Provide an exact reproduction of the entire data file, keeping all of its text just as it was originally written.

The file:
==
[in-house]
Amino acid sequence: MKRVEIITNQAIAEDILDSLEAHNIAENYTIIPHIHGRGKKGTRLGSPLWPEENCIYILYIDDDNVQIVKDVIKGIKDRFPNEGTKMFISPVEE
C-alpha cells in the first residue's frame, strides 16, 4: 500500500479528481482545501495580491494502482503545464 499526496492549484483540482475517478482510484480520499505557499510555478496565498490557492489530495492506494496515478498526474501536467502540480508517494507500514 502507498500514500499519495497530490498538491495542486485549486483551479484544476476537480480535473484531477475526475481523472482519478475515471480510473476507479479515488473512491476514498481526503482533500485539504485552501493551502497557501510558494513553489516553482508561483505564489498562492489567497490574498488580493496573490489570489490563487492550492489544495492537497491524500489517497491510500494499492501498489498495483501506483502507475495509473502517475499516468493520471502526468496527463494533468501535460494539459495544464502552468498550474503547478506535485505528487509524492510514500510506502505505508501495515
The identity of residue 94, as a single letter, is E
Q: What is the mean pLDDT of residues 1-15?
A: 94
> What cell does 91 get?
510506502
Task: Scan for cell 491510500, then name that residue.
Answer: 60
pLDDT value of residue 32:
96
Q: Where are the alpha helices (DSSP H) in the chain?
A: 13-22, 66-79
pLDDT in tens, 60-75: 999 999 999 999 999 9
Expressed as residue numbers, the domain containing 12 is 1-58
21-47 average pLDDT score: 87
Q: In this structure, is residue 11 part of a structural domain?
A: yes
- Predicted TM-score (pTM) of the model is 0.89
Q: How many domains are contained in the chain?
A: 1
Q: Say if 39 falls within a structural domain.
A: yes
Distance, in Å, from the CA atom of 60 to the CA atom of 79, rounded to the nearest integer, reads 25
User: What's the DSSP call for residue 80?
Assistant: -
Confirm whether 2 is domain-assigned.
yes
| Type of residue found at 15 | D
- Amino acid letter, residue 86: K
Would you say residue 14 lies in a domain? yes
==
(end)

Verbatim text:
[in-house]
Amino acid sequence: MKRVEIITNQAIAEDILDSLEAHNIAENYTIIPHIHGRGKKGTRLGSPLWPEENCIYILYIDDDNVQIVKDVIKGIKDRFPNEGTKMFISPVEE
C-alpha cells in the first residue's frame, strides 16, 4: 500500500479528481482545501495580491494502482503545464 499526496492549484483540482475517478482510484480520499505557499510555478496565498490557492489530495492506494496515478498526474501536467502540480508517494507500514 502507498500514500499519495497530490498538491495542486485549486483551479484544476476537480480535473484531477475526475481523472482519478475515471480510473476507479479515488473512491476514498481526503482533500485539504485552501493551502497557501510558494513553489516553482508561483505564489498562492489567497490574498488580493496573490489570489490563487492550492489544495492537497491524500489517497491510500494499492501498489498495483501506483502507475495509473502517475499516468493520471502526468496527463494533468501535460494539459495544464502552468498550474503547478506535485505528487509524492510514500510506502505505508501495515
The identity of residue 94, as a single letter, is E
Q: What is the mean pLDDT of residues 1-15?
A: 94
> What cell does 91 get?
510506502
Task: Scan for cell 491510500, then name that residue.
Answer: 60
pLDDT value of residue 32:
96
Q: Where are the alpha helices (DSSP H) in the chain?
A: 13-22, 66-79
pLDDT in tens, 60-75: 999 999 999 999 999 9
Expressed as residue numbers, the domain containing 12 is 1-58
21-47 average pLDDT score: 87
Q: In this structure, is residue 11 part of a structural domain?
A: yes
- Predicted TM-score (pTM) of the model is 0.89
Q: How many domains are contained in the chain?
A: 1
Q: Say if 39 falls within a structural domain.
A: yes
Distance, in Å, from the CA atom of 60 to the CA atom of 79, rounded to the nearest integer, reads 25
User: What's the DSSP call for residue 80?
Assistant: -
Confirm whether 2 is domain-assigned.
yes
| Type of residue found at 15 | D
- Amino acid letter, residue 86: K
Would you say residue 14 lies in a domain? yes